If any of these money lies have been preventing you from living the life you want, I want you to know there’s no better time than now to change course and start achieving financial freedom and peace!


This is your money and your life…take control!


Yours In Freedom,

Clint



***Join the conversation…what will you do immediately to begin taking control of your money and life?



Debt Free

Are You Eating Away Your Future?

May 5th, 2011 at 08:03 am



The original post can be found here: Debt Free

Several years ago when we finally decided to take control of our money, we took a close look at our spending. We were absolutely blown away when we realized how much we were spending on dining out. On average, we were spending well over $300/month…for just the 2 of us.

You may spend more or less. But let’s work with this figure for now. Let’s say that from age 25-65 we spent $300 per month on dining out. This is really a conservative figure because we are assuming that those costs would never rise and that we would never be spending money on kids’ meals out.

Spending $300 per month for 40 years equals $144,000 spent on dining out! That number blew me away, and I hope it blows you away too.

Now let’s imagine that we invested that same amount. $300 per month invested for 40 years with an average annual return of 12% would equal $3,092,912.61. Are you kidding me?? Let’s say I’m overestimating the rate of return on the investments. What if we only averaged 8% annual return, which is much lower than the stock market’s 50 year average. That would still be $1,007,211.74!

But let’s be honest here, I love dining out. Who doesn’t? So I’m not suggesting that you never dine out. I am, however, challenging you to consider how you are spending your money.

We have cut our restaurant budget down to $140/month. That’s $160 per month less than we used to spend. Let’s say that we invest just the extra $160 per month for the next 40 years. At an average 12% annual return, that will give us an extra $1,649,553.39.

Well over a 1.5 million dollars earned for retirement simply by investing our saved restaurant money!

And what did we sacrifice for it? Not much…we still go out for dinner at least once per week.

Small choices and sacrifices can add up to huge results. Instead of spending mindlessly, you must be conscious of your choices if you want to win with money. Take the time to sit down and evaluate the amount your family is spending on restaurants. You could literally be eating away your future.

Yours In Freedom,

Clint



Join The Conversation…by how much will you commit to reducing your restaurant budget?

Do You REALLY Need Life Insurance?

April 22nd, 2011 at 08:22 am



The original post can be found here: Debt Free


“Preston Newby, 24, was a youth pastor who “lived to serve other people,” says his wife, Tara. So it was no surprise when he pulled off the Interstate late one night to help passengers in a car that had just collided with an elk. While calling for help, Preston was struck from behind by a driver who swerved to avoid the accident scene. He died moments later in Tara’s arms.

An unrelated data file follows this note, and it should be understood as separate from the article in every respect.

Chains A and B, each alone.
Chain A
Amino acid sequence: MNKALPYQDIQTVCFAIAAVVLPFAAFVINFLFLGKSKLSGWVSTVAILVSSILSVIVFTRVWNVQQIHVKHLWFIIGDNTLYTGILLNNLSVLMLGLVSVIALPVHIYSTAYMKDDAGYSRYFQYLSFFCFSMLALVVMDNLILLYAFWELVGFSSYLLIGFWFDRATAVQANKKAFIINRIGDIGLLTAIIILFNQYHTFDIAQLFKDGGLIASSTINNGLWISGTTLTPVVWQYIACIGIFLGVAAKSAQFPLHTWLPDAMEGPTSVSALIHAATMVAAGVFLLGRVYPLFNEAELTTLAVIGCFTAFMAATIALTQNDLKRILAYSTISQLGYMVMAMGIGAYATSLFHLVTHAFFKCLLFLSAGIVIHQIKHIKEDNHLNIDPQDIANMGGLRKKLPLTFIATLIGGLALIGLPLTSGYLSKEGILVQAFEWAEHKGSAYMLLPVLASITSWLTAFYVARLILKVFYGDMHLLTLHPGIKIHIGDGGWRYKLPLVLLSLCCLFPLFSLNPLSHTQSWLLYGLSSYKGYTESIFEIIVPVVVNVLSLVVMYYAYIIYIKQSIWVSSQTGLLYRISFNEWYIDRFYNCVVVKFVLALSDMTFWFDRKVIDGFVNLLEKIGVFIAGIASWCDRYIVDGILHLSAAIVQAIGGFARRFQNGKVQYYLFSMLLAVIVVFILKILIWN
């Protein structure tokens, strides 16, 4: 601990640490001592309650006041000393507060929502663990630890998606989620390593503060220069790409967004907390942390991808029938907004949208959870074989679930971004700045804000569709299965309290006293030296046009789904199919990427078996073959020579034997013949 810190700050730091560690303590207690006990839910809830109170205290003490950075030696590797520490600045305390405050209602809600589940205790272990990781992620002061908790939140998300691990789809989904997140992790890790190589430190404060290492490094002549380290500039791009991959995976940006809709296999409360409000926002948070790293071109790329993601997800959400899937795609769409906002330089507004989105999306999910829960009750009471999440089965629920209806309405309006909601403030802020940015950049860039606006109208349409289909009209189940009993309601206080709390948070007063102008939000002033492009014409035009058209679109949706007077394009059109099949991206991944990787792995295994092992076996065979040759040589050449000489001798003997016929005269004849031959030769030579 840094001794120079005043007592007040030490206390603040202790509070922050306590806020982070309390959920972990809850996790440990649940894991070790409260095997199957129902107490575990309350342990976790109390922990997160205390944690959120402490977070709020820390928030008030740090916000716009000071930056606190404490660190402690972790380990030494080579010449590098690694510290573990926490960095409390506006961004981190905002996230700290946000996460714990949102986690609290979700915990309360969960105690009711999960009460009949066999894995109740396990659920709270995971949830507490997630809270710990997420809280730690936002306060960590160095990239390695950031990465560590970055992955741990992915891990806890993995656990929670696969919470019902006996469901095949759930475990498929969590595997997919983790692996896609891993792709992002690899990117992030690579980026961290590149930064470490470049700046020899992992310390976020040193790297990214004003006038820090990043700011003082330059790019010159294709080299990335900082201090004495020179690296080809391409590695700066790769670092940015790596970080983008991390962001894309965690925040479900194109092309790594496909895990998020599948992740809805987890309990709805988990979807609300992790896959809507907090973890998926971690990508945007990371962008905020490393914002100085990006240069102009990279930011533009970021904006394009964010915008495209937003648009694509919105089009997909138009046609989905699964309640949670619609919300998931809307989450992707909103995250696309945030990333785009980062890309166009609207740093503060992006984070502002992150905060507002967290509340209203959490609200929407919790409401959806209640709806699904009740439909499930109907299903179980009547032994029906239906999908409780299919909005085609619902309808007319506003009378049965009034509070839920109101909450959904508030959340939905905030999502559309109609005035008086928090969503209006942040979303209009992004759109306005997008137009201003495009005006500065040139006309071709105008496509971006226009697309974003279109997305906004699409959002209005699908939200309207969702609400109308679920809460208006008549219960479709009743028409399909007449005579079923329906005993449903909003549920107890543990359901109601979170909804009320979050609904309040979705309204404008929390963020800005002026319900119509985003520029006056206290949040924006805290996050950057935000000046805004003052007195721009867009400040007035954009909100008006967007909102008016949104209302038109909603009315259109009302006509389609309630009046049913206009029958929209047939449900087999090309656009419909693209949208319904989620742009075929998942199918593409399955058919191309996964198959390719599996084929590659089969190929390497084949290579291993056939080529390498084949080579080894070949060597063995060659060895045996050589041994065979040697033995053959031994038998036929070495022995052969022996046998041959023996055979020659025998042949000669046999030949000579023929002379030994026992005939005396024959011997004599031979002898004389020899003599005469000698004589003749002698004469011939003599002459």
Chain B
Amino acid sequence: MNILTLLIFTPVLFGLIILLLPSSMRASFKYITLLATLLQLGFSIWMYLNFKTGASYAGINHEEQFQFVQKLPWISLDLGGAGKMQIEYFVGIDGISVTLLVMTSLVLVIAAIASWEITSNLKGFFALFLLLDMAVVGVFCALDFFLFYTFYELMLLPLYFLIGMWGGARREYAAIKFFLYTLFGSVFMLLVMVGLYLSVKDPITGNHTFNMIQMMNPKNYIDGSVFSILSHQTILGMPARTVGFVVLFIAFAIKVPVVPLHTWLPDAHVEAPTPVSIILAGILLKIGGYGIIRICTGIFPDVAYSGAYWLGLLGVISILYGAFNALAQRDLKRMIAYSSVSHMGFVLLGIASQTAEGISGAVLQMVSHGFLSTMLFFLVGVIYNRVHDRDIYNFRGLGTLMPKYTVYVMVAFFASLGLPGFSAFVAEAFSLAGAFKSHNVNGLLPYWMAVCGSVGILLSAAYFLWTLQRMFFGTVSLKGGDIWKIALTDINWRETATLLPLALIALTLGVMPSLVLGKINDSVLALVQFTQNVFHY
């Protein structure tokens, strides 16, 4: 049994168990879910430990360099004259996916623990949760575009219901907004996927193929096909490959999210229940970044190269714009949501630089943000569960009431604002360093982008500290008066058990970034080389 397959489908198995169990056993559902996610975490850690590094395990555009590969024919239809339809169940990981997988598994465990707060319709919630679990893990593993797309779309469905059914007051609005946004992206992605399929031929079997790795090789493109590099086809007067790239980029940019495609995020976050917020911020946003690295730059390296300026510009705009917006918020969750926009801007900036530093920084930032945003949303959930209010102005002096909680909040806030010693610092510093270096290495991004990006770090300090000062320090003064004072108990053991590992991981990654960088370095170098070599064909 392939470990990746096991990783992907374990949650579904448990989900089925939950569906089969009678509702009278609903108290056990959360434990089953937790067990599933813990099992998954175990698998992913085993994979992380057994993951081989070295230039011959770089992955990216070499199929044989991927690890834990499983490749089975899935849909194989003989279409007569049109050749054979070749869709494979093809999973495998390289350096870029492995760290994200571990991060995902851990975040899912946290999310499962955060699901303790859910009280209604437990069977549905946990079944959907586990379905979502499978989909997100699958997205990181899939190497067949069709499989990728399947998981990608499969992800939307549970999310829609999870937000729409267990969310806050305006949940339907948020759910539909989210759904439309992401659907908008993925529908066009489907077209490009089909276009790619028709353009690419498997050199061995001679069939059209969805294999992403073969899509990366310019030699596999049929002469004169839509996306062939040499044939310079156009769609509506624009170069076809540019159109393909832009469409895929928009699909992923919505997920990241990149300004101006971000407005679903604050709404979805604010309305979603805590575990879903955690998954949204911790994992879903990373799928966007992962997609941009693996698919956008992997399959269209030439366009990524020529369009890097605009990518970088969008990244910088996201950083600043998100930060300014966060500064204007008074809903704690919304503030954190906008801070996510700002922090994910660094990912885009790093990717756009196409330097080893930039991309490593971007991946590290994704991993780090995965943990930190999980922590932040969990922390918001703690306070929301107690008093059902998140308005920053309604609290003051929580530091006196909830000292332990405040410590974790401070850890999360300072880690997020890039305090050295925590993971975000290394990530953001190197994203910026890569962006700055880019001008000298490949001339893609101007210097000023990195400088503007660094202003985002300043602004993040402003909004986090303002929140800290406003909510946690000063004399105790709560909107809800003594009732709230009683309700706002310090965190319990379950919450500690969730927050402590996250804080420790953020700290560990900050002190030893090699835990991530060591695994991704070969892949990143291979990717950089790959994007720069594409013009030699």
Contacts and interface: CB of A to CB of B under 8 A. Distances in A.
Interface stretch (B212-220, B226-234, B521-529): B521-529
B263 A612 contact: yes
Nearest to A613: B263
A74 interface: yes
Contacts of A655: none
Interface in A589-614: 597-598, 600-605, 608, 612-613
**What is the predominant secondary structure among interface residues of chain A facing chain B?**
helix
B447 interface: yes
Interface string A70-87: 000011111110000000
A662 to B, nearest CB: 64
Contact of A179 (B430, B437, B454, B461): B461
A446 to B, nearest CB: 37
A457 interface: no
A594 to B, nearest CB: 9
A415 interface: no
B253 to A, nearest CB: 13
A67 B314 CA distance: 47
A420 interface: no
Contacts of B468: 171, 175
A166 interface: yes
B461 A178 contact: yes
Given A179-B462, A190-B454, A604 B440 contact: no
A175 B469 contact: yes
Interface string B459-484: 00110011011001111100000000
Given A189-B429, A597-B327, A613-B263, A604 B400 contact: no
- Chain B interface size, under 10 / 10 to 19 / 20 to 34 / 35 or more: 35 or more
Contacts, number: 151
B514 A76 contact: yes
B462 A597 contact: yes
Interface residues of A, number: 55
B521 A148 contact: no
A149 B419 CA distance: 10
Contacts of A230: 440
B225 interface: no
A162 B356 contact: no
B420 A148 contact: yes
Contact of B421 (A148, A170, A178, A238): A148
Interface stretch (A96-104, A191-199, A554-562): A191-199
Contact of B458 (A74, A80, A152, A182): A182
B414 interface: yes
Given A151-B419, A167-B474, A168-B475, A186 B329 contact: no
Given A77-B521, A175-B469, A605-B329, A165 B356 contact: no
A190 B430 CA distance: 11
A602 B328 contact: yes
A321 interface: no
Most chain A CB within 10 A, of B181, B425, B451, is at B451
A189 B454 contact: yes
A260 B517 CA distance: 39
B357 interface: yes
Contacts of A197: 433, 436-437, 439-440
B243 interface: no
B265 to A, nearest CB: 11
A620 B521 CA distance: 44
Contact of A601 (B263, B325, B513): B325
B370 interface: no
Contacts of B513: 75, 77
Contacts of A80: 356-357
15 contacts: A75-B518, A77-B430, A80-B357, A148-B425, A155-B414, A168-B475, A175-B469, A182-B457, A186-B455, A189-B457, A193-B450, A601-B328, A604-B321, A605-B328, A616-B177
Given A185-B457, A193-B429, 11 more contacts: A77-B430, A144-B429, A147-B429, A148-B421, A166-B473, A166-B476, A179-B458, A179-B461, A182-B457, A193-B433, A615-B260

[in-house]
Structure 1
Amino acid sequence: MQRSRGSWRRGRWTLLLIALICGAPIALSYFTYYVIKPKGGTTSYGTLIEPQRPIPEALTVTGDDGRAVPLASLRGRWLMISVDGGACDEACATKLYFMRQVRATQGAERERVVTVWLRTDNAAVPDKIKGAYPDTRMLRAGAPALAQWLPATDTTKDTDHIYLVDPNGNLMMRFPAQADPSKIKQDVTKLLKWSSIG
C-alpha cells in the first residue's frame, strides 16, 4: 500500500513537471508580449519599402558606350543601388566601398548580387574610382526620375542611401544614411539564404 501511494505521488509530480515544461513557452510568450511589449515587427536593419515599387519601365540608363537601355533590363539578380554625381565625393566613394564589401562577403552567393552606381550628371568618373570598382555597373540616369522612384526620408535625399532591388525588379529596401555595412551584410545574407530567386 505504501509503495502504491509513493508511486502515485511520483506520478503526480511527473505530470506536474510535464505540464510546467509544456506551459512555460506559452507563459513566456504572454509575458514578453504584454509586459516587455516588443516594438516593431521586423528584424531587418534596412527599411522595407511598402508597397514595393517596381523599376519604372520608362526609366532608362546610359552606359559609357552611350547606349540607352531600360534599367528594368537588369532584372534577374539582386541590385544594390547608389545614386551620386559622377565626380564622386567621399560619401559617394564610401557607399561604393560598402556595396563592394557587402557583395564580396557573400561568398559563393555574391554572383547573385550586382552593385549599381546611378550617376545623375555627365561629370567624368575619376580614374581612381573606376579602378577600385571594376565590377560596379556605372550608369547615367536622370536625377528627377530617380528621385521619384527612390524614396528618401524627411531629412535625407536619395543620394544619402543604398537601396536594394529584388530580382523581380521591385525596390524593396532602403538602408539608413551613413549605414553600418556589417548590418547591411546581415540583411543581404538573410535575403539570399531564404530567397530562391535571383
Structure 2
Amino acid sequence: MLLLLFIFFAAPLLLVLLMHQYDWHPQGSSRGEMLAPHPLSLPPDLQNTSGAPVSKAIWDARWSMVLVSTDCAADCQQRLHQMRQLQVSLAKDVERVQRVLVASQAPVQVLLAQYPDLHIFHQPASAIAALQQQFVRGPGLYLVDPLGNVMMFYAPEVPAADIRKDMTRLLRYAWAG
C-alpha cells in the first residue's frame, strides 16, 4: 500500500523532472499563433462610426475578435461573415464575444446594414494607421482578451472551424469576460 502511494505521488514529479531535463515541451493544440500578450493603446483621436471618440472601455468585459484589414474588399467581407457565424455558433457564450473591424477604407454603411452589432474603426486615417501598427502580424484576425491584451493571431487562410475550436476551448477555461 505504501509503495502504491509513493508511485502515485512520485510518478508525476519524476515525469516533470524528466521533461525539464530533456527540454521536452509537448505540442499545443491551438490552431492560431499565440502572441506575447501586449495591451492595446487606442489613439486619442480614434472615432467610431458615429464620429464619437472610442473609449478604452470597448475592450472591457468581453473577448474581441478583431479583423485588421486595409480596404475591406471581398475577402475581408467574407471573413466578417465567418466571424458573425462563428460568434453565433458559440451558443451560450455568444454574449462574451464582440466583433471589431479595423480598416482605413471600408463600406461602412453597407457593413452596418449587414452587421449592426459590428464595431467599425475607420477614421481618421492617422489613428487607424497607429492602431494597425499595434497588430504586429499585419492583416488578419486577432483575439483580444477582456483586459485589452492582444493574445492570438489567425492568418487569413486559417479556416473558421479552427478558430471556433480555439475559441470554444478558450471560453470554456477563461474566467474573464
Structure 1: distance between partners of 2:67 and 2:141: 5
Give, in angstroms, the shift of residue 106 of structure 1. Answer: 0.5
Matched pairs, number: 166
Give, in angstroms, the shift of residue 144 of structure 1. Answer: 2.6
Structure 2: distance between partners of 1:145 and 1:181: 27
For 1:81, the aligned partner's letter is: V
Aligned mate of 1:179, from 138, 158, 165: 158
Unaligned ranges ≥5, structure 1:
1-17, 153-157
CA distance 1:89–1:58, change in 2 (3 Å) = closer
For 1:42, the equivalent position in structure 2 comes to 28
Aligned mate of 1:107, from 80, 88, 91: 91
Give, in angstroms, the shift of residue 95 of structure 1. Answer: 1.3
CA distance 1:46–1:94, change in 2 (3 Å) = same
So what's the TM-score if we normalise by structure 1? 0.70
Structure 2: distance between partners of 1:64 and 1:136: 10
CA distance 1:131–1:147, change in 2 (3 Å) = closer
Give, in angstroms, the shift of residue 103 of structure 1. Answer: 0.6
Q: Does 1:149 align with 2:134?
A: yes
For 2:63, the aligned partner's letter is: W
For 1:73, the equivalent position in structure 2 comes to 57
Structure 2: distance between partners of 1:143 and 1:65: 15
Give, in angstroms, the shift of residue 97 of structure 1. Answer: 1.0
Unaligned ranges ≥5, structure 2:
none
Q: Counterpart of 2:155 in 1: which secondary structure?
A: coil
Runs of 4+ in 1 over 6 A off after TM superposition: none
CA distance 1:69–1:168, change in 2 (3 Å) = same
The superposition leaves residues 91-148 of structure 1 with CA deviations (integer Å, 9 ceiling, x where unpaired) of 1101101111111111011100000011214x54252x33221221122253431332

The tragic situation would have been much worse if it hadn’t been for the Newbys’ decision a few years earlier to buy life insurance. “We discussed how, if one of us passed away, the other would want to stay home with the children,” says Tara. Sadly, that hypothetical discussion became reality all too soon for Tara, who was 10 weeks pregnant with her second child when Preston’s life was tragically cut short.

But thanks to the life insurance, she is able to be a full-time mother to Jacob, 2, and Micah, 3 months. She also paid off her student loans and other debts. More importantly, it gave her time to grieve and to focus on her children. “With so much to stress about while raising two children, it’s a blessing not to have to worry about finances,” says Tara. “I feel like it was Preston’s last gift to us.”” (from LifeHappens.org)




What would happen to your family if you were to die suddenly? Would they be able to afford to pay for your funeral and burial? Would they be able to maintain their lifestyle? Would they be able to keep their home? Would they have to rush back to work in the middle of their grief?

If you die without life insurance your family may find themselves in a financial disaster at a time when they are already overwhelmed with grief. Most people are adamant about taking care of their families….family vacations, fancy anniversaries and elaborate birthday parties, new gadgets, and even saving for college. But get this…

-Only 44% of households carry personal life insurance policies.

-And approximately half a million adults ages 30-55 die prematurely every year.


If you have a spouse and/or children under the age of 18, and you don’t have life insurance, you need to get up from the computer and find someone to give you a good kick in the butt. Then when you recover, pick up the phone and call a good insurance agent. Many people are never taught how important life insurance is. But now that you know, you can do something about it.

There Is No Excuse. Life insurance is a non-negotiable if you love your family. In the event of your death, your term life insurance policy will make sure your loved ones are taken care of. You should carry a 15-20 year Term Life Insurance policy with a value of 8-10 times your annual income. This amount will cover your funeral expenses, most or all of your outstanding debt including your mortgage, most or all of your children’s’ college, and leave your family enough to replace your income for several years. They could also invest this money with a 10-12% return and completely replace your income.

And the cost of this type of policy? For a 35 year old man in reasonable health…about $25 a month!!

So what are you waiting for? Please do not neglect this aspect of your financial plan and debt free life. Plan for the future and make sure your loved ones are taken care of, even when you pass from this life. It’s one of the very best decisions you can make, and one of the most profound declarations of your love.


Yours In Freedom,

Clint